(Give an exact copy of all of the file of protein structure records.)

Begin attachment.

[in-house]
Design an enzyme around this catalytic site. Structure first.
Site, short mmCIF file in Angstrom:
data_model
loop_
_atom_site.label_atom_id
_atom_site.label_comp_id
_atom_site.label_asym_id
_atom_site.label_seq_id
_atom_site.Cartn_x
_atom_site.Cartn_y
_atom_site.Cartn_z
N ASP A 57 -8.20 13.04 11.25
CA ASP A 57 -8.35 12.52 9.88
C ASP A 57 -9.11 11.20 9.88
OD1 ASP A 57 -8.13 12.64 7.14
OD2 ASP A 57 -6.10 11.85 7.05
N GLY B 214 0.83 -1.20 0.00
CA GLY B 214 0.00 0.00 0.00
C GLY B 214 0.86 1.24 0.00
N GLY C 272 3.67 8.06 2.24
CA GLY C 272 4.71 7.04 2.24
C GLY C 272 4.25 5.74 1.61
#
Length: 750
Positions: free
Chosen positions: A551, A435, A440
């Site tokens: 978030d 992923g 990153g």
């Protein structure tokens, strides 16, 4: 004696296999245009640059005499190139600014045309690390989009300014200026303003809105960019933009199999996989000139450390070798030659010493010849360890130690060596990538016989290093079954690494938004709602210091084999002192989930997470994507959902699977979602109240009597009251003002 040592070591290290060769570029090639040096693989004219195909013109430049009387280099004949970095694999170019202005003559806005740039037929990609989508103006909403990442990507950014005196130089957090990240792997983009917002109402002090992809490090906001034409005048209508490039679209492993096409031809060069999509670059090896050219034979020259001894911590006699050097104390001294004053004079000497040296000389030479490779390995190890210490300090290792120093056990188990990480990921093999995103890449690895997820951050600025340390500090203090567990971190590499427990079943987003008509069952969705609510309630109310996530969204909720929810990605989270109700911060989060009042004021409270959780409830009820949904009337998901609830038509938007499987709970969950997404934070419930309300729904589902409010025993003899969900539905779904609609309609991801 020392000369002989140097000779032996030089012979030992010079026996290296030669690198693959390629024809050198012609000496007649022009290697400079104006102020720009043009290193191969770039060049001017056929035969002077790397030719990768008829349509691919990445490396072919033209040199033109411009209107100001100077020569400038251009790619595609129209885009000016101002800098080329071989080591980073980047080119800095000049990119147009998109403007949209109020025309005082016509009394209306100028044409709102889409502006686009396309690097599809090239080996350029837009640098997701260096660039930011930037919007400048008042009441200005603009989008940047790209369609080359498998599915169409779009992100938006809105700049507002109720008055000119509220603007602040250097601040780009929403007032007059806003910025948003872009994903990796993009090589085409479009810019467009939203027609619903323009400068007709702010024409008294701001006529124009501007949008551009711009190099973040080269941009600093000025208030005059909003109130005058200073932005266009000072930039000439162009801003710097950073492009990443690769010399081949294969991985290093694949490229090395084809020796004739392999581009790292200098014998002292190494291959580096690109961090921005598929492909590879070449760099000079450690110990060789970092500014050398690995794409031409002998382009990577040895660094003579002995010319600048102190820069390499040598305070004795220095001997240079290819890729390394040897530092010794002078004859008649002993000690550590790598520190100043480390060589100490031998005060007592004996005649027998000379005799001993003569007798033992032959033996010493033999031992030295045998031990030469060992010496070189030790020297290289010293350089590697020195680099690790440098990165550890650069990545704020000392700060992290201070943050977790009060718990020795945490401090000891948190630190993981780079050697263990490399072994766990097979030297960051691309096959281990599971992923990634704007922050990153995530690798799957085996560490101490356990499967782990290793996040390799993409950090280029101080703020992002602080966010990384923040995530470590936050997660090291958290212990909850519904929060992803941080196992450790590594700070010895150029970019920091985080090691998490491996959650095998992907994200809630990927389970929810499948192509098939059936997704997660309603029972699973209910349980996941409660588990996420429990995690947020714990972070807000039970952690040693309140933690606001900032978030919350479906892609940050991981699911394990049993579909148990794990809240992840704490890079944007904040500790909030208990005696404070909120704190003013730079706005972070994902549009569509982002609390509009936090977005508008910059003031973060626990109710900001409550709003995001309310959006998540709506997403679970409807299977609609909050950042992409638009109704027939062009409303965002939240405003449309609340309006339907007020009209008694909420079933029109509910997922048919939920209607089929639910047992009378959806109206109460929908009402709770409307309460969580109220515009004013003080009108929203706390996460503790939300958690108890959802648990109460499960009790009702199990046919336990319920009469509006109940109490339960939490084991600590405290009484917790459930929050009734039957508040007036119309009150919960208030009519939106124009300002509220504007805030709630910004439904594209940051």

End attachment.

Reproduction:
[in-house]
Design an enzyme around this catalytic site. Structure first.
Site, short mmCIF file in Angstrom:
data_model
loop_
_atom_site.label_atom_id
_atom_site.label_comp_id
_atom_site.label_asym_id
_atom_site.label_seq_id
_atom_site.Cartn_x
_atom_site.Cartn_y
_atom_site.Cartn_z
N ASP A 57 -8.20 13.04 11.25
CA ASP A 57 -8.35 12.52 9.88
C ASP A 57 -9.11 11.20 9.88
OD1 ASP A 57 -8.13 12.64 7.14
OD2 ASP A 57 -6.10 11.85 7.05
N GLY B 214 0.83 -1.20 0.00
CA GLY B 214 0.00 0.00 0.00
C GLY B 214 0.86 1.24 0.00
N GLY C 272 3.67 8.06 2.24
CA GLY C 272 4.71 7.04 2.24
C GLY C 272 4.25 5.74 1.61
#
Length: 750
Positions: free
Chosen positions: A551, A435, A440
């Site tokens: 978030d 992923g 990153g």
């Protein structure tokens, strides 16, 4: 004696296999245009640059005499190139600014045309690390989009300014200026303003809105960019933009199999996989000139450390070798030659010493010849360890130690060596990538016989290093079954690494938004709602210091084999002192989930997470994507959902699977979602109240009597009251003002 040592070591290290060769570029090639040096693989004219195909013109430049009387280099004949970095694999170019202005003559806005740039037929990609989508103006909403990442990507950014005196130089957090990240792997983009917002109402002090992809490090906001034409005048209508490039679209492993096409031809060069999509670059090896050219034979020259001894911590006699050097104390001294004053004079000497040296000389030479490779390995190890210490300090290792120093056990188990990480990921093999995103890449690895997820951050600025340390500090203090567990971190590499427990079943987003008509069952969705609510309630109310996530969204909720929810990605989270109700911060989060009042004021409270959780409830009820949904009337998901609830038509938007499987709970969950997404934070419930309300729904589902409010025993003899969900539905779904609609309609991801 020392000369002989140097000779032996030089012979030992010079026996290296030669690198693959390629024809050198012609000496007649022009290697400079104006102020720009043009290193191969770039060049001017056929035969002077790397030719990768008829349509691919990445490396072919033209040199033109411009209107100001100077020569400038251009790619595609129209885009000016101002800098080329071989080591980073980047080119800095000049990119147009998109403007949209109020025309005082016509009394209306100028044409709102889409502006686009396309690097599809090239080996350029837009640098997701260096660039930011930037919007400048008042009441200005603009989008940047790209369609080359498998599915169409779009992100938006809105700049507002109720008055000119509220603007602040250097601040780009929403007032007059806003910025948003872009994903990796993009090589085409479009810019467009939203027609619903323009400068007709702010024409008294701001006529124009501007949008551009711009190099973040080269941009600093000025208030005059909003109130005058200073932005266009000072930039000439162009801003710097950073492009990443690769010399081949294969991985290093694949490229090395084809020796004739392999581009790292200098014998002292190494291959580096690109961090921005598929492909590879070449760099000079450690110990060789970092500014050398690995794409031409002998382009990577040895660094003579002995010319600048102190820069390499040598305070004795220095001997240079290819890729390394040897530092010794002078004859008649002993000690550590790598520190100043480390060589100490031998005060007592004996005649027998000379005799001993003569007798033992032959033996010493033999031992030295045998031990030469060992010496070189030790020297290289010293350089590697020195680099690790440098990165550890650069990545704020000392700060992290201070943050977790009060718990020795945490401090000891948190630190993981780079050697263990490399072994766990097979030297960051691309096959281990599971992923990634704007922050990153995530690798799957085996560490101490356990499967782990290793996040390799993409950090280029101080703020992002602080966010990384923040995530470590936050997660090291958290212990909850519904929060992803941080196992450790590594700070010895150029970019920091985080090691998490491996959650095998992907994200809630990927389970929810499948192509098939059936997704997660309603029972699973209910349980996941409660588990996420429990995690947020714990972070807000039970952690040693309140933690606001900032978030919350479906892609940050991981699911394990049993579909148990794990809240992840704490890079944007904040500790909030208990005696404070909120704190003013730079706005972070994902549009569509982002609390509009936090977005508008910059003031973060626990109710900001409550709003995001309310959006998540709506997403679970409807299977609609909050950042992409638009109704027939062009409303965002939240405003449309609340309006339907007020009209008694909420079933029109509910997922048919939920209607089929639910047992009378959806109206109460929908009402709770409307309460969580109220515009004013003080009108929203706390996460503790939300958690108890959802648990109460499960009790009702199990046919336990319920009469509006109940109490339960939490084991600590405290009484917790459930929050009734039957508040007036119309009150919960208030009519939106124009300002509220504007805030709630910004439904594209940051």